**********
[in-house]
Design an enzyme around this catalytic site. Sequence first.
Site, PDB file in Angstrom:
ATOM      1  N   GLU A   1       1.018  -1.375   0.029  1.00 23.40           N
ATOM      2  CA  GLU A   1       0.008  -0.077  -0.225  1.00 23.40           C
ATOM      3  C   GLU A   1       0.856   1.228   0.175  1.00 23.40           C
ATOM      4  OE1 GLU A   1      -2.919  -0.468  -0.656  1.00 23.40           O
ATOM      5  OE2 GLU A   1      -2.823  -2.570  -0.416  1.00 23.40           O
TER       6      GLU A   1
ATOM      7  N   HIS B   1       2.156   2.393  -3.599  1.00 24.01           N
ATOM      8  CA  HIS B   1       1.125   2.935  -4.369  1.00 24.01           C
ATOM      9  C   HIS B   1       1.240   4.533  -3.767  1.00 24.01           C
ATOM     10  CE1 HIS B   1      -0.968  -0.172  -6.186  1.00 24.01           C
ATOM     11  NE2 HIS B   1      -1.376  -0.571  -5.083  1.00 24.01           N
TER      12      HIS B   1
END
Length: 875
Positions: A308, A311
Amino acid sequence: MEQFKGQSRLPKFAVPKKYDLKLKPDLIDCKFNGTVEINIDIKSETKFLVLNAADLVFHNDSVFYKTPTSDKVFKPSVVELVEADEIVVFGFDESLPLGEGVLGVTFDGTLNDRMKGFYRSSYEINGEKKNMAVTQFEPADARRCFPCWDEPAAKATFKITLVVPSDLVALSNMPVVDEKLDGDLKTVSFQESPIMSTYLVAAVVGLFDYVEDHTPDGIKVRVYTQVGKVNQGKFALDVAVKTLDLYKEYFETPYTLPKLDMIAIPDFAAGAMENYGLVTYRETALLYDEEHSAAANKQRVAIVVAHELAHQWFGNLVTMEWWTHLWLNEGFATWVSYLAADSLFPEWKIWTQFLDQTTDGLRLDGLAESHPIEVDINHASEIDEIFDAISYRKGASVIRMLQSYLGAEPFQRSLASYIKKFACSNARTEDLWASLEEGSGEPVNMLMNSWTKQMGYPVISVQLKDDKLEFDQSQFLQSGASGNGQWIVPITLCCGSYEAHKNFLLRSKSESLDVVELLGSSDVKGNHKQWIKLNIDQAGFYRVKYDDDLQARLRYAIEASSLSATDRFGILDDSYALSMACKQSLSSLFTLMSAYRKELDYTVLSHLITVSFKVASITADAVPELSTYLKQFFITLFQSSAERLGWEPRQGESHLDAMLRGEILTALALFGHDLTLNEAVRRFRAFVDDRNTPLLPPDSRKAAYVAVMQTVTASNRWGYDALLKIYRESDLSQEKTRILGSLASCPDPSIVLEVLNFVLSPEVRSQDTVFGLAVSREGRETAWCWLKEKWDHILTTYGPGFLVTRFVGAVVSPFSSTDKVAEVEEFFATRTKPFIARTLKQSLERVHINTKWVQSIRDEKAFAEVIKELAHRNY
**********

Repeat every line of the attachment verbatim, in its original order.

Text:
[in-house]
Design an enzyme around this catalytic site. Sequence first.
Site, PDB file in Angstrom:
ATOM      1  N   GLU A   1       1.018  -1.375   0.029  1.00 23.40           N
ATOM      2  CA  GLU A   1       0.008  -0.077  -0.225  1.00 23.40           C
ATOM      3  C   GLU A   1       0.856   1.228   0.175  1.00 23.40           C
ATOM      4  OE1 GLU A   1      -2.919  -0.468  -0.656  1.00 23.40           O
ATOM      5  OE2 GLU A   1      -2.823  -2.570  -0.416  1.00 23.40           O
TER       6      GLU A   1
ATOM      7  N   HIS B   1       2.156   2.393  -3.599  1.00 24.01           N
ATOM      8  CA  HIS B   1       1.125   2.935  -4.369  1.00 24.01           C
ATOM      9  C   HIS B   1       1.240   4.533  -3.767  1.00 24.01           C
ATOM     10  CE1 HIS B   1      -0.968  -0.172  -6.186  1.00 24.01           C
ATOM     11  NE2 HIS B   1      -1.376  -0.571  -5.083  1.00 24.01           N
TER      12      HIS B   1
END
Length: 875
Positions: A308, A311
Amino acid sequence: MEQFKGQSRLPKFAVPKKYDLKLKPDLIDCKFNGTVEINIDIKSETKFLVLNAADLVFHNDSVFYKTPTSDKVFKPSVVELVEADEIVVFGFDESLPLGEGVLGVTFDGTLNDRMKGFYRSSYEINGEKKNMAVTQFEPADARRCFPCWDEPAAKATFKITLVVPSDLVALSNMPVVDEKLDGDLKTVSFQESPIMSTYLVAAVVGLFDYVEDHTPDGIKVRVYTQVGKVNQGKFALDVAVKTLDLYKEYFETPYTLPKLDMIAIPDFAAGAMENYGLVTYRETALLYDEEHSAAANKQRVAIVVAHELAHQWFGNLVTMEWWTHLWLNEGFATWVSYLAADSLFPEWKIWTQFLDQTTDGLRLDGLAESHPIEVDINHASEIDEIFDAISYRKGASVIRMLQSYLGAEPFQRSLASYIKKFACSNARTEDLWASLEEGSGEPVNMLMNSWTKQMGYPVISVQLKDDKLEFDQSQFLQSGASGNGQWIVPITLCCGSYEAHKNFLLRSKSESLDVVELLGSSDVKGNHKQWIKLNIDQAGFYRVKYDDDLQARLRYAIEASSLSATDRFGILDDSYALSMACKQSLSSLFTLMSAYRKELDYTVLSHLITVSFKVASITADAVPELSTYLKQFFITLFQSSAERLGWEPRQGESHLDAMLRGEILTALALFGHDLTLNEAVRRFRAFVDDRNTPLLPPDSRKAAYVAVMQTVTASNRWGYDALLKIYRESDLSQEKTRILGSLASCPDPSIVLEVLNFVLSPEVRSQDTVFGLAVSREGRETAWCWLKEKWDHILTTYGPGFLVTRFVGAVVSPFSSTDKVAEVEEFFATRTKPFIARTLKQSLERVHINTKWVQSIRDEKAFAEVIKELAHRNY